Community advocates for cite & release in Kyle

By Megan Wehring

Mano Amiga hosted a virtual town hall forum with a diverse panel of speakers on Aug. 12, promoting the city of Kyle to implement a cite and release ordinance. The neighboring city of San Marcos adopted the policy earlier this year. 

Cite and release allows police officers to issue a citation instead of an arrest for low-level, nonviolent offenses. The individual receiving the citation would still be held responsible for appearing in court at a later date. Eric Martinez, policy director for Mano Amiga, said there are other requirements with issuing a cite and release.

“They must be a county resident for where they were arrested,” Martinez said. “They must not be a threat to themselves or others. They must not be publicly intoxicated. They must have no outstanding warrants and must not be charged with a more serious event.”

Kyle resident DeSyre Collier said cite and release could give families more time to organize their affairs for a long-term situation.

“Oftentimes, when Black people are arrested, immediately they are taken in and put into jail even awaiting trial,” Collier said. “So they are spending months in the cell ripped away from their families, who oftentimes don’t even know where they are immediately, and then have trouble living without them at first.”

Gladys Carrillo, founder of the Mothers4BlackLives advocacy group, said overcrowding in jails could possibly be reduced if the cite and release policy was implemented.

“In 2018 alone, Hays County paid $4.3 million to outsource inmates to other Texas counties due to overcrowding in jail,” Carrillo said. “At that time, the county averaged approximately $10,000 to $15,000 a day to outsource inmates. When we think about the long-term effect in terms of financial needs, $10,000 to $15,000 a day to house an inmate versus carrying out a warrant, it doesn’t take a lot to conclude that there are benefits to saving money.”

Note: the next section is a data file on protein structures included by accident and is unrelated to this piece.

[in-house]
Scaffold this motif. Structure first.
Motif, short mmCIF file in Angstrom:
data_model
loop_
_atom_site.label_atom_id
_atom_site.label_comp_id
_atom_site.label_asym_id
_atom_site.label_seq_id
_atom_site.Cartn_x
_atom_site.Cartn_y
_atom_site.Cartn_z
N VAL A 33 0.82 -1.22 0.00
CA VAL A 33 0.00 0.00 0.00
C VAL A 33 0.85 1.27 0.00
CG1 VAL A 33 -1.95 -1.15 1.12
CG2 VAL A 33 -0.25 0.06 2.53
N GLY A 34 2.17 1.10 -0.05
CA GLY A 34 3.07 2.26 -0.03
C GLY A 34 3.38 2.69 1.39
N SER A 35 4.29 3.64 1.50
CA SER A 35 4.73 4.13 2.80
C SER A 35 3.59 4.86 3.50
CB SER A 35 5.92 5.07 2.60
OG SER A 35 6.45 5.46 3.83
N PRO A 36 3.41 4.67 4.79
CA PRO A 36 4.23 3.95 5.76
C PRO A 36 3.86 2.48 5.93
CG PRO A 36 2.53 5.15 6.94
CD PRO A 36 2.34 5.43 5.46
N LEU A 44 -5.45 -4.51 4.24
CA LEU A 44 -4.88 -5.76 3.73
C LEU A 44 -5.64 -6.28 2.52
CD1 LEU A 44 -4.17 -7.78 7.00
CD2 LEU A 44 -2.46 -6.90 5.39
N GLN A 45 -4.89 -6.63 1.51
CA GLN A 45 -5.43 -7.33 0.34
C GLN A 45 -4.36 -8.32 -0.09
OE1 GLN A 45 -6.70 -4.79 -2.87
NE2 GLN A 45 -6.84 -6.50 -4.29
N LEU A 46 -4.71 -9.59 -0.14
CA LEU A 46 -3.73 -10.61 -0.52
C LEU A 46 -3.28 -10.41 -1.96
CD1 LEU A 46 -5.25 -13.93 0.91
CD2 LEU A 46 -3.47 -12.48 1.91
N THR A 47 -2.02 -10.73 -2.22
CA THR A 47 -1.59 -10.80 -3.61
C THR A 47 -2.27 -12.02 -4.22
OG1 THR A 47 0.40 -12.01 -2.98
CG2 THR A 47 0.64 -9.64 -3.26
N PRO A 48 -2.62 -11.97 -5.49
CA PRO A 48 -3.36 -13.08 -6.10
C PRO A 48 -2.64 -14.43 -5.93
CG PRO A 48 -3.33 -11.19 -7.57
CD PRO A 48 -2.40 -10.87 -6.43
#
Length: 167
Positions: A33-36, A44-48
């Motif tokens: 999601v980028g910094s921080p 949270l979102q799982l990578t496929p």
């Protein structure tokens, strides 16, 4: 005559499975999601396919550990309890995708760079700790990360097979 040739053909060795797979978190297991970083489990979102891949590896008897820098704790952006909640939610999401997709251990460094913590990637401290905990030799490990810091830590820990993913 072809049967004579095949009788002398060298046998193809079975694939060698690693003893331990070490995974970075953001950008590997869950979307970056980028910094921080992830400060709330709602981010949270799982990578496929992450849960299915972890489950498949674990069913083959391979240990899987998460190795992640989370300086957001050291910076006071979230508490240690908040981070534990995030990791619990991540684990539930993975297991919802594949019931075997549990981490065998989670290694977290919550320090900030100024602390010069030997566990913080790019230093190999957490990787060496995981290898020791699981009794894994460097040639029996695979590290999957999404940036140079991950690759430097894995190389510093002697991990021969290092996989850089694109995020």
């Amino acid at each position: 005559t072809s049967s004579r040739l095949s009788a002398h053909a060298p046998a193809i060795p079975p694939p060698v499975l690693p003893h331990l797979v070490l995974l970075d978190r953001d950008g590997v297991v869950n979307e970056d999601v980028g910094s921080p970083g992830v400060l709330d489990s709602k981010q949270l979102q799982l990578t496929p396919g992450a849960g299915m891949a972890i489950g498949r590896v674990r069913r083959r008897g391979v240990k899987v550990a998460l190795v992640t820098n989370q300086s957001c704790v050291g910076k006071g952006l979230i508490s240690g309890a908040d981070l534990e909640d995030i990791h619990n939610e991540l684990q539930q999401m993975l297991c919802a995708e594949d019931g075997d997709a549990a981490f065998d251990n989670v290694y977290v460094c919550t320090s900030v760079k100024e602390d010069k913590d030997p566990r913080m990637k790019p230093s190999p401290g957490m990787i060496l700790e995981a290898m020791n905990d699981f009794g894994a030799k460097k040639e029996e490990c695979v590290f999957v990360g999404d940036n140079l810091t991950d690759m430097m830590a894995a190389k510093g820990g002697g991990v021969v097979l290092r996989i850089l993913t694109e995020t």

While the Texas Legislature passed a law in 2007 that allows a “cite and release” policy, only a few cities in Texas have adopted the policy at the local level. 

Anita Gupta, staff attorney for Immigrant Legal Resource Center, highlights the goals of adopting a strong cite and release policy. 

“We want to reduce racial disparities in policing, since we know that Black and brown people are the ones that are generally getting arrested for these offenses,” Gupta said. “We want to increase data transparency. We want the community to know what the police are doing. We really want to provide a mechanism for meaningful community input.”

Collier encourages the public to have an open dialogue, along with difficult conversations, with the entire community.

“We need to just have more of a community conversation so that people understand what kind of things need to be set in place in our city,” Collier said. “A lot of times no one knows what is going on unless it happens to them. Continue to start dialogue with other citizens and let them know how they can push forward things like this ordinance.”

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